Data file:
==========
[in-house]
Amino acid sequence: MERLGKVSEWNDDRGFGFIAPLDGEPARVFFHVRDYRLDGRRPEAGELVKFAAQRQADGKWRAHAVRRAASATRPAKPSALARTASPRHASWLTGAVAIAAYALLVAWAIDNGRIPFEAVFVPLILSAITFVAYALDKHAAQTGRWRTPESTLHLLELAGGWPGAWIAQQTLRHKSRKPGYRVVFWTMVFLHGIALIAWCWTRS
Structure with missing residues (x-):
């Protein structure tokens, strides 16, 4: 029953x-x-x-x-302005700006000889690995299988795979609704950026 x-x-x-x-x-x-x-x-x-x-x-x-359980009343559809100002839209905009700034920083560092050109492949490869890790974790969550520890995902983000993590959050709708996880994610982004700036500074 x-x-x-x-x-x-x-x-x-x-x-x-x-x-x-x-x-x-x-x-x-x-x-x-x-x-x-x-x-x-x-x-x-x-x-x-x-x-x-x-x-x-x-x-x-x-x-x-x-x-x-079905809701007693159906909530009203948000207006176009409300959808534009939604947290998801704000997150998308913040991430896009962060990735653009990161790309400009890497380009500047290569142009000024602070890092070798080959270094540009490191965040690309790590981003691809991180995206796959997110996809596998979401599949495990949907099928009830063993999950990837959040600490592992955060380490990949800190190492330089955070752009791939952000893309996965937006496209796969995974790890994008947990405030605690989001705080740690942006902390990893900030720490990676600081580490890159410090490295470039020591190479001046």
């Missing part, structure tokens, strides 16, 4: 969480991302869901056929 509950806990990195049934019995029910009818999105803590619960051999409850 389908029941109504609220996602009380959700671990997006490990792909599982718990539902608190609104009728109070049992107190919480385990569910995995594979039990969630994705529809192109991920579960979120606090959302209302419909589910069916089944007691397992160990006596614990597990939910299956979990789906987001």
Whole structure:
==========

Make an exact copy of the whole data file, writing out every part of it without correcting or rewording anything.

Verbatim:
[in-house]
Amino acid sequence: MERLGKVSEWNDDRGFGFIAPLDGEPARVFFHVRDYRLDGRRPEAGELVKFAAQRQADGKWRAHAVRRAASATRPAKPSALARTASPRHASWLTGAVAIAAYALLVAWAIDNGRIPFEAVFVPLILSAITFVAYALDKHAAQTGRWRTPESTLHLLELAGGWPGAWIAQQTLRHKSRKPGYRVVFWTMVFLHGIALIAWCWTRS
Structure with missing residues (x-):
């Protein structure tokens, strides 16, 4: 029953x-x-x-x-302005700006000889690995299988795979609704950026 x-x-x-x-x-x-x-x-x-x-x-x-359980009343559809100002839209905009700034920083560092050109492949490869890790974790969550520890995902983000993590959050709708996880994610982004700036500074 x-x-x-x-x-x-x-x-x-x-x-x-x-x-x-x-x-x-x-x-x-x-x-x-x-x-x-x-x-x-x-x-x-x-x-x-x-x-x-x-x-x-x-x-x-x-x-x-x-x-x-079905809701007693159906909530009203948000207006176009409300959808534009939604947290998801704000997150998308913040991430896009962060990735653009990161790309400009890497380009500047290569142009000024602070890092070798080959270094540009490191965040690309790590981003691809991180995206796959997110996809596998979401599949495990949907099928009830063993999950990837959040600490592992955060380490990949800190190492330089955070752009791939952000893309996965937006496209796969995974790890994008947990405030605690989001705080740690942006902390990893900030720490990676600081580490890159410090490295470039020591190479001046």
């Missing part, structure tokens, strides 16, 4: 969480991302869901056929 509950806990990195049934019995029910009818999105803590619960051999409850 389908029941109504609220996602009380959700671990997006490990792909599982718990539902608190609104009728109070049992107190919480385990569910995995594979039990969630994705529809192109991920579960979120606090959302209302419909589910069916089944007691397992160990006596614990597990939910299956979990789906987001």
Whole structure: